Japanese food producers harvest the benefits of vertical farming with special LED lighting

 

Indoor crop trials with Innovatus and Delicious Cook provide fresh and safe produce close to customers in the Japanese urbanized areas of Kanto and Fuji

August 9, 2016

Amsterdam, The Netherlands – Philips Lighting (Euronext Amsterdam ticker: LIGHT), a global leader in lighting, today announced results from trials of crops of lettuces and herbs grown at two Japanese vertical farm customers equipped with horticultural LED lighting. Consumers in Tokyo have welcomed pesticide-free, wash-free lettuce grown with horticultural LED lighting by Innovatus Inc., one of the world’s largest vertical farms. Also, convenience stores in the Kanto area which holds around one third of Japan’s population, now can buy processed foods with fresher, tastier vegetables and herbs grown with horticultural LED light from Delicious Cook Co., Ltd. This follows respective 14 month and 10 month trials at Innovatus Inc., and Delicious Cook Co., Ltd.


Fresh, safe produce grown locally

A vertical farm is a fully controlled facility where vegetables and herbs are grown in stacked layers without the use of daylight. Growing conditions are controlled carefully using tailored growth recipes. They provide everything to grow high-quality plants: the right light recipe, the ideal temperature, amount of water, CO2 and the best growing medium. This farming method leads to cleaner, pesticide-free crops with a consistently great taste and maximum nutrition. Growers achieve higher yields and less waste thanks to the strictly-controlled, growing environment.


Fast growing Japanese market

“Increasingly, Japanese consumers are interested in a diverse variety of foods that have superior taste, are safe and nutritious as well as being offered at a reasonable price, said Udo van Slooten, business leader for Philips Lighting’s Horticulture business. “Vertical farms are an ideal way to meet this growing demand for safe, fresh food especially in a country with highly-urbanized areas where space is at a premium.” Philips’ first commercial vertical farming project was opened at Osaka University in Japan in 2014. Now, Japan is one of the fastest growing markets for our horticultural LED systems. Our collaboration with Japanese growers and partners has helped us further refine our LED installations and light recipes to better meet the requirement of the Japanese market.”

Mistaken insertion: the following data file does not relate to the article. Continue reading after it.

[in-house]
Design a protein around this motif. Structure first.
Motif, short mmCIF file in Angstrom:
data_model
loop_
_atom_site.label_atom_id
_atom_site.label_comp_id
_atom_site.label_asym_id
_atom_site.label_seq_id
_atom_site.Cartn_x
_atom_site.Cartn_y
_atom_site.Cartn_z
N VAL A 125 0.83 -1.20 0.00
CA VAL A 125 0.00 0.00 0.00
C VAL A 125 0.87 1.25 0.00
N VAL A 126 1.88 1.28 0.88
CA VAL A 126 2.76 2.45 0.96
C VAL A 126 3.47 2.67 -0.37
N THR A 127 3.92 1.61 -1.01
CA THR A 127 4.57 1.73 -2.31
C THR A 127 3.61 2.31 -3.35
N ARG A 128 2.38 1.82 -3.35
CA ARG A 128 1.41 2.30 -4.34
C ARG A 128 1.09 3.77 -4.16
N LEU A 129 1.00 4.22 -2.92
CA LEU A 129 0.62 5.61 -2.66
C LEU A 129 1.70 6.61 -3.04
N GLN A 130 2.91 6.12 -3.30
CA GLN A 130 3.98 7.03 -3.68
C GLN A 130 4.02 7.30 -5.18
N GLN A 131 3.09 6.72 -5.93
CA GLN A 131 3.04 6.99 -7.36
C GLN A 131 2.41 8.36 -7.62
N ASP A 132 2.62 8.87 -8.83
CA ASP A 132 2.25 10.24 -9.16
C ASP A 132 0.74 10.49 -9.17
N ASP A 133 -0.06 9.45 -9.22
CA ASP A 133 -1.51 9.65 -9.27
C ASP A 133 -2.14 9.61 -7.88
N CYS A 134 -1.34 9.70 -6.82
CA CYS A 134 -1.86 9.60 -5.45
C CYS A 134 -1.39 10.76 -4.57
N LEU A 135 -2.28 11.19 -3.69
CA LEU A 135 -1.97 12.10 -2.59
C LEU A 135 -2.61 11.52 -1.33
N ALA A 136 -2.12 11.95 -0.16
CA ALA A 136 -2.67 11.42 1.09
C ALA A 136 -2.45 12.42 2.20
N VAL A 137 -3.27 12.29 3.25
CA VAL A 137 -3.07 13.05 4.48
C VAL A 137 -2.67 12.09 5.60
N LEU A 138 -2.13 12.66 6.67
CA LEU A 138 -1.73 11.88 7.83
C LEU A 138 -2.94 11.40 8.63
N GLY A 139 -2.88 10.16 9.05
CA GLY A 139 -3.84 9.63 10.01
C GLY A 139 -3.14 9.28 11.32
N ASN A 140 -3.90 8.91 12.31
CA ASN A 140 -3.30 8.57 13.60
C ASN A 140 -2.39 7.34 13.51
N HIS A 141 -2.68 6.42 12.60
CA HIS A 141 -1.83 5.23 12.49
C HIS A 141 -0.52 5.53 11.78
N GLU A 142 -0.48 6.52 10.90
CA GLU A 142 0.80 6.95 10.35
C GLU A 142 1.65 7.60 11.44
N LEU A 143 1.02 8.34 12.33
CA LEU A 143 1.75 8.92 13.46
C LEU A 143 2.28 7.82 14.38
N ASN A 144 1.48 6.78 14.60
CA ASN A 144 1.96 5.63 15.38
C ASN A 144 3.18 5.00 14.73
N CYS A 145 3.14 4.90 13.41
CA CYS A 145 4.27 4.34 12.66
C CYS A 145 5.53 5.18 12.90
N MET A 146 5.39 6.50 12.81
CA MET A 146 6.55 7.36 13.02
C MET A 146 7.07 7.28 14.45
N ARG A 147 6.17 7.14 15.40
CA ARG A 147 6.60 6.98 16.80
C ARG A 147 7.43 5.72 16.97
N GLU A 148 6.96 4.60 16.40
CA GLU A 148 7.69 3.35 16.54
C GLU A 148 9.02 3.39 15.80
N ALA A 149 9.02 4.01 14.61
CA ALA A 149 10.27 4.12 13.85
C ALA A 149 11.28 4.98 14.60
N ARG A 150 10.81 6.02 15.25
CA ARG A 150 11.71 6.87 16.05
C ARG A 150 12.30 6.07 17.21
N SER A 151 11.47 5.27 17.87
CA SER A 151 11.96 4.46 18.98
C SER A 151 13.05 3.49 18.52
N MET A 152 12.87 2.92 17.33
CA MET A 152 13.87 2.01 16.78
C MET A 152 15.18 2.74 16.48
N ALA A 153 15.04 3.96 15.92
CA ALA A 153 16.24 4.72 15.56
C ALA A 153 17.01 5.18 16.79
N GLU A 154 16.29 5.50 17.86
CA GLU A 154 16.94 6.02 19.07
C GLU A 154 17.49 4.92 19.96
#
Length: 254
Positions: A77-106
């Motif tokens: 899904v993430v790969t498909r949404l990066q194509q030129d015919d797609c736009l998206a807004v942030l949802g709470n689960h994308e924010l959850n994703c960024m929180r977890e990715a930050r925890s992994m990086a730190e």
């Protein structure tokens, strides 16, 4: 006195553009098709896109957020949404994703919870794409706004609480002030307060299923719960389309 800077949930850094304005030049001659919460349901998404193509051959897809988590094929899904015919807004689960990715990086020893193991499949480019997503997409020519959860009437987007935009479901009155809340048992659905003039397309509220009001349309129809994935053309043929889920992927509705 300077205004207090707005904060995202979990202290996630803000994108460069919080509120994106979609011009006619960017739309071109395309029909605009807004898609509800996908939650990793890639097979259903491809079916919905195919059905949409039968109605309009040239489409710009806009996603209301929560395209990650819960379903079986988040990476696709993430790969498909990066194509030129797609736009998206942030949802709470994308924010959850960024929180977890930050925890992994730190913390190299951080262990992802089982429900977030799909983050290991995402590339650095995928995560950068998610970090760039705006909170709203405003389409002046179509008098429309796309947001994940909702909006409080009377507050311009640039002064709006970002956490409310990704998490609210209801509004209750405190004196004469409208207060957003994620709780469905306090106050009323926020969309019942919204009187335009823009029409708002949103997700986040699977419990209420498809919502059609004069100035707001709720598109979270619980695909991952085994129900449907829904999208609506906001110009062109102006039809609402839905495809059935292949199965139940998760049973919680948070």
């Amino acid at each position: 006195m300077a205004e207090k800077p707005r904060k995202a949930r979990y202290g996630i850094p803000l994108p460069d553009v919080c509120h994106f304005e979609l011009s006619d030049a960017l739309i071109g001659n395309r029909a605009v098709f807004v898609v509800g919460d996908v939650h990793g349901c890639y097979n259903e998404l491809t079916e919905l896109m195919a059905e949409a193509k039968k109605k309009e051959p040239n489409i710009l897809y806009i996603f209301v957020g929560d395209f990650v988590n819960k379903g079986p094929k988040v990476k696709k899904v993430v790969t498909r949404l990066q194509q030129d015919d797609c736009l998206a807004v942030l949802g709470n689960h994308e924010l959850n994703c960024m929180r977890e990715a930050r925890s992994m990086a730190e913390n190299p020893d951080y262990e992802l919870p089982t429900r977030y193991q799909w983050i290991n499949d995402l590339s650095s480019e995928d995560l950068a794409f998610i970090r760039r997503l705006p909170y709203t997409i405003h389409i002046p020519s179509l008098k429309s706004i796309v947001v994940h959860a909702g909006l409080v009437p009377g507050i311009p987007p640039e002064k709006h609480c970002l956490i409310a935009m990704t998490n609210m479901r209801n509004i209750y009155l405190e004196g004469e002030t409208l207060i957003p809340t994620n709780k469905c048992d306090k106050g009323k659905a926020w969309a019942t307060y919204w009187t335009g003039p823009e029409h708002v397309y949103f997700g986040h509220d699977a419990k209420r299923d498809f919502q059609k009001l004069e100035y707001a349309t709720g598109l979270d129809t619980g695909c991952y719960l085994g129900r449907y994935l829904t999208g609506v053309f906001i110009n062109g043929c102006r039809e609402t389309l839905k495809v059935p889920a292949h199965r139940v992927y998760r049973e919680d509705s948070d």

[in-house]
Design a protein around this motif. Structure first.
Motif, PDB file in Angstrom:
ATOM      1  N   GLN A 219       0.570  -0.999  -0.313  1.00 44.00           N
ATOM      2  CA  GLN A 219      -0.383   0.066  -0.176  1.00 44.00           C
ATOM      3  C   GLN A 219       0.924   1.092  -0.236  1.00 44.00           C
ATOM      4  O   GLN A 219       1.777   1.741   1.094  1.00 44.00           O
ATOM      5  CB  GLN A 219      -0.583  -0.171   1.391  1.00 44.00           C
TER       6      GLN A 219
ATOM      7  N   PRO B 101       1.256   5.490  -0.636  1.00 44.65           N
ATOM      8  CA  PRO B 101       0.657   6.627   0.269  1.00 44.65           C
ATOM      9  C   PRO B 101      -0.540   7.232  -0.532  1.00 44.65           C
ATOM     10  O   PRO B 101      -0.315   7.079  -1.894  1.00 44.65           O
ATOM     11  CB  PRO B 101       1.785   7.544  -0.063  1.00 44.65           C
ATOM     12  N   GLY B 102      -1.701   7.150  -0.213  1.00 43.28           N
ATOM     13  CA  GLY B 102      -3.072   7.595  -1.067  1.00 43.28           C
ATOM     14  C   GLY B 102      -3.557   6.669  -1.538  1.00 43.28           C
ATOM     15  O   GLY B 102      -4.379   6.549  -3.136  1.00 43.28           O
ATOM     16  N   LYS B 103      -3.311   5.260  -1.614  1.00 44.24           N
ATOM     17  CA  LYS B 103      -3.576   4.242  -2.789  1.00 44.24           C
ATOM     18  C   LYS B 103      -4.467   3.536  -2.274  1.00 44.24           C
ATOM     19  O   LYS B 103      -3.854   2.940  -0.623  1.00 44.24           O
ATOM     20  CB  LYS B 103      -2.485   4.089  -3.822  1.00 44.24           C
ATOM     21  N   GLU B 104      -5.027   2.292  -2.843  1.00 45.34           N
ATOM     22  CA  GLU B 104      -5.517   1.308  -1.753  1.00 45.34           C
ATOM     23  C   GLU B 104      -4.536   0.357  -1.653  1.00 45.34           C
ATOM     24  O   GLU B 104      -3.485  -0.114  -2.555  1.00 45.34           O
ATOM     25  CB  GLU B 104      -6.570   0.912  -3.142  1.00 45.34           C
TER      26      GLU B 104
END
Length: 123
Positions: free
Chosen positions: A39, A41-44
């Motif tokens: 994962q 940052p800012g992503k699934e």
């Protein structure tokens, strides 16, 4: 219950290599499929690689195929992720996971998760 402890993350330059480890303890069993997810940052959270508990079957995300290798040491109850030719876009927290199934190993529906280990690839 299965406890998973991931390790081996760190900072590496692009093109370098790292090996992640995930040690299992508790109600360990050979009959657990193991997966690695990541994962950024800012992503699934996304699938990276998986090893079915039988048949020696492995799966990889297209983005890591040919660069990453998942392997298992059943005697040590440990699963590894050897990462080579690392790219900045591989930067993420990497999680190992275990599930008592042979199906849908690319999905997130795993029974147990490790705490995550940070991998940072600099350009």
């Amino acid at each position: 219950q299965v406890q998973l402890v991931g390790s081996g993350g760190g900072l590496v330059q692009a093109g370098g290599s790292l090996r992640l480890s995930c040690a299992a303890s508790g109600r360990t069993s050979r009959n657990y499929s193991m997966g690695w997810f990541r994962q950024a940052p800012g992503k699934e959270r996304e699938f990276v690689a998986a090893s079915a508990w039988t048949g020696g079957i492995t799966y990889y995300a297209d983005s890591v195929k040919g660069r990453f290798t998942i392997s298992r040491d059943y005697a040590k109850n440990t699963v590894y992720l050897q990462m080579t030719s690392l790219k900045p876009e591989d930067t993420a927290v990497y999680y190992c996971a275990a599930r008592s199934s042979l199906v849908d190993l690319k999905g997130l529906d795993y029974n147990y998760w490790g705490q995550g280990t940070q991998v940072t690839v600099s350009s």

Innovatus gets clean lettuces grown with horticultural LED lighting to supermarket customers within two hours of shipment

After a trial starting in March 2015 at its Fuji Farm with a total floor area of 1,851 m2, Innovatus, from a standing start, now produces 12,000 heads of lettuce a day. This is one of the largest completely closed-environment, vertical farms in the world using horticultural LED lighting.


“The trial using Philips GreenPower LED production module, has allowed us to grow five varieties of lettuces, mainly frilled lettuce, green leaf and romaine that are of a consistent quality and locally-produced, using only a fraction of the water compared to lettuces grown in open fields, said Hitoshi Wada, director at Innovatus. Also, the quality and control it has given us with our lettuce crops has enabled us to get lettuces to Tokyo supermarkets in just two hours after shipment. Furthermore, as the lettuces are grown and packaged in an extremely hygienic environment, there is no need to wash them before eating.”